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[BBC] 【整理】BBC 2009-03-24

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BBC News with Marian Marshall.

 

The value of shares on Wall Street has soared after the American government announced details of its plan to revive the banking system. The Dow Jones Index closed up almost 7%, its biggest one day rise in nearly five months. President Obama has said he’s very confident that the bank rescue plan will succeed. Greg Wood reports from New York.


Previous government plans to relieve the banks of the mortgage-backed securities and non-performing home loans which are weighing them down have met with a contentious response from Wall Street. But this time it was different. And bank shares leapt on the belief that the latest scheme might actually work to relieve their burden. It calls for the government and private investors to put up equal sums of money to create funds to buy the toxic assets from the banks. These funds would also be able to borrow more money from the government at low rates to increase their purchasing power.

 

The World Trade Organization has said it expects the volume of world trade to fall by 9% this year, its biggest contraction since the Second World War. But in a new report the WTO urged governments to refrain from further protectionist measures, saying these would hamper economic recovery. Imogen Foulkes reports from Geneva.

As recently as January the International Monetary Fund predicted a global trade reduction of just 2.8%. Now the World Trade Organization says the outlook is in fact far worse. Developed countries will bear the brunt of the dropping demand. Their exports are expected to fall by 10%, with the WTO acknowledges a consequent rise in unemployment.

 

A suicide bomber has struck at a funeral in Iraq, killing at least 25 people. Nearly 50 people were wounded. Hugh Sykes reports.

 

The suicide bomber exploded his device in a dense crowd of mourners in a funeral tent in the town of Jalula, 115 kilometers northeast of Baghdad. They were attending the funeral of the father of Karim Khudadat, an official in the Kurdish Committee Party which is part of the political bloc that's led by the Iraqi President Jalal Talabani. It’s likely that Mr. Khudadat was the target. 

 

Al-Qaeda in Iraq have mounted dozens of suicide bomb attacks in Diarra province, most of them since the organization was driven out of areas west of Baghdad where local people formed the Awakening Movement, a coalition of Sunni tribes which joined forces with the Americans to fight al-Qaeda.

 

The Mexican authorities have offered a reward of up to two million dollars each for information leading to the arrest of the 24 most wanted leaders of Mexican drug gangs. Among those on the list, published by the office of the attorney general is Joaquín Guzmán Loera, known as El Chapo recently became the first suspected Mexican drug cartel leader to be included in a list of the world’s richest billionaires by the American magazine Forbes.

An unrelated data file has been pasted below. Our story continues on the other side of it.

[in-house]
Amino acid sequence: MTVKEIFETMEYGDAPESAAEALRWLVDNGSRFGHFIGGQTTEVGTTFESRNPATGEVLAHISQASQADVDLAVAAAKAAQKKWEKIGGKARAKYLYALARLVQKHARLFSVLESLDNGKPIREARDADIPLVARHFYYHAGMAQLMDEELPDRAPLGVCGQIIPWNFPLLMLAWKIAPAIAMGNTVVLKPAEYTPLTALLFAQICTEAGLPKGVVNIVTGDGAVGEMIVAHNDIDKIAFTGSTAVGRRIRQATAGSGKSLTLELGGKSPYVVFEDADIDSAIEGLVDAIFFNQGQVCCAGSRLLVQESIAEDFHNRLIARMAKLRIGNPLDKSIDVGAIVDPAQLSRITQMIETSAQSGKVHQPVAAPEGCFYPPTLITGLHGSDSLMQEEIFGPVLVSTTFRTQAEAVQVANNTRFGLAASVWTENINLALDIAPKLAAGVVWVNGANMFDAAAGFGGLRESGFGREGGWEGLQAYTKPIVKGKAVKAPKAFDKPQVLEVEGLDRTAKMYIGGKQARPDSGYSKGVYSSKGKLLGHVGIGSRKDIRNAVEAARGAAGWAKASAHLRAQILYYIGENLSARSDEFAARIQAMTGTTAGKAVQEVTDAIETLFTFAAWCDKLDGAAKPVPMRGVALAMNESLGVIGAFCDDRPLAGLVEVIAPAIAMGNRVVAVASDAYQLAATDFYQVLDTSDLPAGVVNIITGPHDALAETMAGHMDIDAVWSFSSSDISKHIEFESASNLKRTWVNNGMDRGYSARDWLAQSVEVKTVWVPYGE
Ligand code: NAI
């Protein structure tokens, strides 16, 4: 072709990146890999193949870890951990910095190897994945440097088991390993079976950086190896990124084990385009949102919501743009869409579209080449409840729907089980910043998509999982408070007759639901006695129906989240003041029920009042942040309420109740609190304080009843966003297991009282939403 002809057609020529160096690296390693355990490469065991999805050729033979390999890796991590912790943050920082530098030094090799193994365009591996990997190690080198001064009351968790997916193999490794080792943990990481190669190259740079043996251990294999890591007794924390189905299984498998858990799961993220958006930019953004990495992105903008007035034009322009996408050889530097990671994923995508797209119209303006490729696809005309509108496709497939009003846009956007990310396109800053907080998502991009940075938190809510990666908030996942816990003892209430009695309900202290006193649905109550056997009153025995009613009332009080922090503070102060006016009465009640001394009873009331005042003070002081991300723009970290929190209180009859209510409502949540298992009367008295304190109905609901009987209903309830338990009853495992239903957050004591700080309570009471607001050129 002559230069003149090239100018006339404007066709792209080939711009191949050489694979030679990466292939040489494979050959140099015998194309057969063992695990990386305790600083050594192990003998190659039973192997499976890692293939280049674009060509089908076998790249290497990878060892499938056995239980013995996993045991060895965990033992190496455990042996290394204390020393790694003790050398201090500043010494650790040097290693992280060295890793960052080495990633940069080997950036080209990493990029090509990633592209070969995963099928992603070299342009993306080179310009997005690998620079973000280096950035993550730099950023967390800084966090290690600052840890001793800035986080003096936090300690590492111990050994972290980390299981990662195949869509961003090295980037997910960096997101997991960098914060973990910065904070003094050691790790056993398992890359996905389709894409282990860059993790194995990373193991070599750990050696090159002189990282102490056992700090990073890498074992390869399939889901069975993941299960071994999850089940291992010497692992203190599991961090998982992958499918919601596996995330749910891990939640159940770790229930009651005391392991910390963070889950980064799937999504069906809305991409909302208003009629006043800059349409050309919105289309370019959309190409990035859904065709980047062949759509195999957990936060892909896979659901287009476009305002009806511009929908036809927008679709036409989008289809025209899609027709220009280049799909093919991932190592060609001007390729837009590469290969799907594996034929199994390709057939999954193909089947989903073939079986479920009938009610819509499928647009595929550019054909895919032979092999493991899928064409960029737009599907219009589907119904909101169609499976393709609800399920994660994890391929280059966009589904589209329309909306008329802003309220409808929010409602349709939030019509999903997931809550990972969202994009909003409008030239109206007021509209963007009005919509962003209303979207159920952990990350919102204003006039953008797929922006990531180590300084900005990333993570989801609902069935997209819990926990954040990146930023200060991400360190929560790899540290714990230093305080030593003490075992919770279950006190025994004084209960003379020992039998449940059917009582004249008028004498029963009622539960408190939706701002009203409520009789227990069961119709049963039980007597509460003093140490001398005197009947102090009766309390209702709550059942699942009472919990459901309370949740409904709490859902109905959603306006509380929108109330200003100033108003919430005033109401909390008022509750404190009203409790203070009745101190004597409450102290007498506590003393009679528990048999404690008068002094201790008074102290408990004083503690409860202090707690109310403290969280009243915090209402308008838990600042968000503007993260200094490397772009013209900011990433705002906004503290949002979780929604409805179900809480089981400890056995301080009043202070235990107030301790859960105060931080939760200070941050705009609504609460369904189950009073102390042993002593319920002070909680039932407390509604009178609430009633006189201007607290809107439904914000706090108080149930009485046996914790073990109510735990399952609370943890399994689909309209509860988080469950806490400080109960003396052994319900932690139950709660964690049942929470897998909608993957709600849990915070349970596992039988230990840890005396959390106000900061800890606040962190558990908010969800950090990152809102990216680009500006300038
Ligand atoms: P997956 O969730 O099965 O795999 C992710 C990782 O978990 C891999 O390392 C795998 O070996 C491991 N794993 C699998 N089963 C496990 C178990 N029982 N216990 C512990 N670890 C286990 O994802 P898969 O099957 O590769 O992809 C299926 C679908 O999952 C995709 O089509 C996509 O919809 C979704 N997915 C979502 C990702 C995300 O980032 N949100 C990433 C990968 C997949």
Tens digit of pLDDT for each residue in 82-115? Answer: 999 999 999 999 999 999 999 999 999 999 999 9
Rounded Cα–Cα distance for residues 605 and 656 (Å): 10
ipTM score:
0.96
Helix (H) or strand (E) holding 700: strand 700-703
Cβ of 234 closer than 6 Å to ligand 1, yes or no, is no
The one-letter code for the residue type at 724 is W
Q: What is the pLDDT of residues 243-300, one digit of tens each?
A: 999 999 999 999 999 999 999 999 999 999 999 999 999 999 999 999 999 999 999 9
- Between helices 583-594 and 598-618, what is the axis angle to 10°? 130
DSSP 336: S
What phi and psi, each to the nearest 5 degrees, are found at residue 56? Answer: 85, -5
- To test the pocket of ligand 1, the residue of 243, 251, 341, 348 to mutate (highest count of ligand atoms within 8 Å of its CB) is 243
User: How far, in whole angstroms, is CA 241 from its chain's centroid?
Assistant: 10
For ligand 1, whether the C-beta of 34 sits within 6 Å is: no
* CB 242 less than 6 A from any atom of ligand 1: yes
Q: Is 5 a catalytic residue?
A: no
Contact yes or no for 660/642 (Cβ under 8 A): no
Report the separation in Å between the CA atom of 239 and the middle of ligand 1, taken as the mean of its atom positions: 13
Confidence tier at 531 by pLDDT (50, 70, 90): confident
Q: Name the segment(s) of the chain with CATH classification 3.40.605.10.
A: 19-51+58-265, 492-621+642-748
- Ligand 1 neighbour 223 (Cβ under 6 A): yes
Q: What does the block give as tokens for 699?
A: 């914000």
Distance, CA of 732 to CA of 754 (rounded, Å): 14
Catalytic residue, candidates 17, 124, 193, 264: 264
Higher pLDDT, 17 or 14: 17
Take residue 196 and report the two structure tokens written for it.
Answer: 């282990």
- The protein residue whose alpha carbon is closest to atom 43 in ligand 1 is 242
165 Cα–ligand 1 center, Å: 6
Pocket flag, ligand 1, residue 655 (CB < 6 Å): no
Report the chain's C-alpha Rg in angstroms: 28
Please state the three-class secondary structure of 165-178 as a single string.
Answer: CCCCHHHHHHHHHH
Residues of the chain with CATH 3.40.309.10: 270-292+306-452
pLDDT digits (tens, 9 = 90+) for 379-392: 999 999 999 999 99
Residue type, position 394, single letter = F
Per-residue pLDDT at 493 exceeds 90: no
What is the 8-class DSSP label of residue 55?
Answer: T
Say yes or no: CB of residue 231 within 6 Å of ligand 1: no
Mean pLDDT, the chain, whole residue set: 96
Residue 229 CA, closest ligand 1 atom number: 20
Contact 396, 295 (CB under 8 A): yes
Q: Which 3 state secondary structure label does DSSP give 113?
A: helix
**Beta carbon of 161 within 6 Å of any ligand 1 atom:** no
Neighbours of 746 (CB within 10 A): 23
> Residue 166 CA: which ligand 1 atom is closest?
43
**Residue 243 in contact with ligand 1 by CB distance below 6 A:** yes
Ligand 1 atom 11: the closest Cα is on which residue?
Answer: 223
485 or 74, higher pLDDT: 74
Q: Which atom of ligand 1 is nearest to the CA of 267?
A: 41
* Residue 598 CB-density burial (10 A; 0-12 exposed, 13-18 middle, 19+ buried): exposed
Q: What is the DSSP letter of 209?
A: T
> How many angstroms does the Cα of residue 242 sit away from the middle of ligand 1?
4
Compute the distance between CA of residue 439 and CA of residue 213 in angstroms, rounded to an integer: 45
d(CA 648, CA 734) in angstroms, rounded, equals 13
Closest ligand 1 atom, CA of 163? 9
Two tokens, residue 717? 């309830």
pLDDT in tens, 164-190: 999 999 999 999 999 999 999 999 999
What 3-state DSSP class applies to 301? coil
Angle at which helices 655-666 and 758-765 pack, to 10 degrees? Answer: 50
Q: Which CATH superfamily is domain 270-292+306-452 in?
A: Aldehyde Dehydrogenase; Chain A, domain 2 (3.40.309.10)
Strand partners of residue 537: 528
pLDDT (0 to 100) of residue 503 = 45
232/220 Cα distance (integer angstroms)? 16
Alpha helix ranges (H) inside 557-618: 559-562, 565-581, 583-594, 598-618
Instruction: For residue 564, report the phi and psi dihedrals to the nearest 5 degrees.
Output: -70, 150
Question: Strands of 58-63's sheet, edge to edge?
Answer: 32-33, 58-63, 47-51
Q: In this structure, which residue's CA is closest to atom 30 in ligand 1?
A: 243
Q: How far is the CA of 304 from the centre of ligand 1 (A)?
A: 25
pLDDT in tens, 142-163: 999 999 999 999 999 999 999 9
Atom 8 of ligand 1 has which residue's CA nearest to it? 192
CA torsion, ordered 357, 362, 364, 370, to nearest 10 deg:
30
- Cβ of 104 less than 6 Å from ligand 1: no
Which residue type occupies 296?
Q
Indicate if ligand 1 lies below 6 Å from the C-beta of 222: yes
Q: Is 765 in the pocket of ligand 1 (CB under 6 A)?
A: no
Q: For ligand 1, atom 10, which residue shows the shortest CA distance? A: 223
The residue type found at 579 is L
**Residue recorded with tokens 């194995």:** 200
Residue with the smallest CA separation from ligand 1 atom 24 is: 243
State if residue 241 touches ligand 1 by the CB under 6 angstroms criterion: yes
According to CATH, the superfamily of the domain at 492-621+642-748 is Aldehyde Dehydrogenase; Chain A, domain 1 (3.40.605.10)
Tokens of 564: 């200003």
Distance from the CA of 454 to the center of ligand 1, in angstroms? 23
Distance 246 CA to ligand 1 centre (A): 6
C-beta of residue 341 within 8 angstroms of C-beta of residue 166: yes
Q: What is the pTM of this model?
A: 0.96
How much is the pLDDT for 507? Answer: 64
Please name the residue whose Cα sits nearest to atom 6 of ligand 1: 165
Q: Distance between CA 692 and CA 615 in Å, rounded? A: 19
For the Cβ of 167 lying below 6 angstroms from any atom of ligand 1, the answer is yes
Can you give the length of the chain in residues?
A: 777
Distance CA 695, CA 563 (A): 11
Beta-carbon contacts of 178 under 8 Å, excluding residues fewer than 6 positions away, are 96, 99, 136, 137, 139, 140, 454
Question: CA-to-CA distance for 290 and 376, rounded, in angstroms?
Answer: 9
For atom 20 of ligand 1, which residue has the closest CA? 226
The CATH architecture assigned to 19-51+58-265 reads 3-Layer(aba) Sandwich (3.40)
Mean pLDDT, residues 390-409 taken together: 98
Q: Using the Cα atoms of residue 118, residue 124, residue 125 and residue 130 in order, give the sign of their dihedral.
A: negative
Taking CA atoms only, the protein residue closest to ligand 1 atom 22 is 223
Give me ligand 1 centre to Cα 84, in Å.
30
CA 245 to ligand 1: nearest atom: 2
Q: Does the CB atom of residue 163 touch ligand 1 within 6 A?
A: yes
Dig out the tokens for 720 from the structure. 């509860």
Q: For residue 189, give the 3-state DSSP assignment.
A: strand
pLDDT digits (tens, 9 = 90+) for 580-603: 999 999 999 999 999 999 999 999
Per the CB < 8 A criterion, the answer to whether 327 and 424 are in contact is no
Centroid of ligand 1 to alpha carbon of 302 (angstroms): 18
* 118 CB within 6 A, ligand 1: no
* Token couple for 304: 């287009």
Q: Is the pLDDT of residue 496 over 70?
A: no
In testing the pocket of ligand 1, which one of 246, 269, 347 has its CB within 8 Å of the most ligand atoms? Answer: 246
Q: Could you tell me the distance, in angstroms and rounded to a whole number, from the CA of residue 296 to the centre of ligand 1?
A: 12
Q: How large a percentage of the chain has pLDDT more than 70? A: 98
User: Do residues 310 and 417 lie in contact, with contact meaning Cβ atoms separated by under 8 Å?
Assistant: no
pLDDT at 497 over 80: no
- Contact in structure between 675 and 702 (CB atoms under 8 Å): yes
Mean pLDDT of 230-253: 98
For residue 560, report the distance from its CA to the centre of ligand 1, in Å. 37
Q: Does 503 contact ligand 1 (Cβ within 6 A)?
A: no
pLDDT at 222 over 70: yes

You’re listening to the latest world news from the BBC.

 

The Palestinian President Mahmoud Abbas has condemned as a terrorist crime the killing of the deputy head of the Palestine Liberation Organization in Lebanon Kamal Medhat. Mr. Medhat, a member of the Fatah political faction and three of his body guards were killed by a roadside bomb as they were leaving the Mieh Mieh refugee camp in southern Lebanon.

 

The Nobel Peace Prize committee says it won’t participate in a peace conference in South Africa unless the country reconsiders its decision not to allow the Dalai Lama to attend. The government has said the time isn’t right for the visit because it will distract from the issues of the conference on using football to fight racism. A presidential spokesman denied that China had exerted any pressure. 

 

Scientists in United States say there’s new evidence for the concept of cold nuclear fusion. Adhered to theoretical process, it promises a cheap and abundant source of energy. Matt Mcgrath has more.

There was a great deal of scientific excitement in March, 1989 when researchers first declared they’d produced nuclear energy using simple laboratory equipment. That hopes of endless cheap power supplies were short-lived as other scientists failed to reproduce what was termed “cold fusion”. Some experts refused to give up on an idea that imitated the energy source of the sun at room temperatures. Now at a meeting of the American Chemical Society in Utah, researchers say they have the first clear visual evidence that the process of cold fusion can produce highly energetic neutrons--particles that suggest that /new/ nuclear reactions are occurring.

 

The American cyclist and 7-time Tour de France winner Lance Armstrong has broken his collarbone in a crash during a race in Spain. He was taken to hospital after a pileup and he said that if he needs surgery this could scupper his chances of competing in the Tour de France in July. Armstrong, who’s 37, returned to competitive cycling earlier this year, three years after saying he’d retired from the sport.

 

BBC News.

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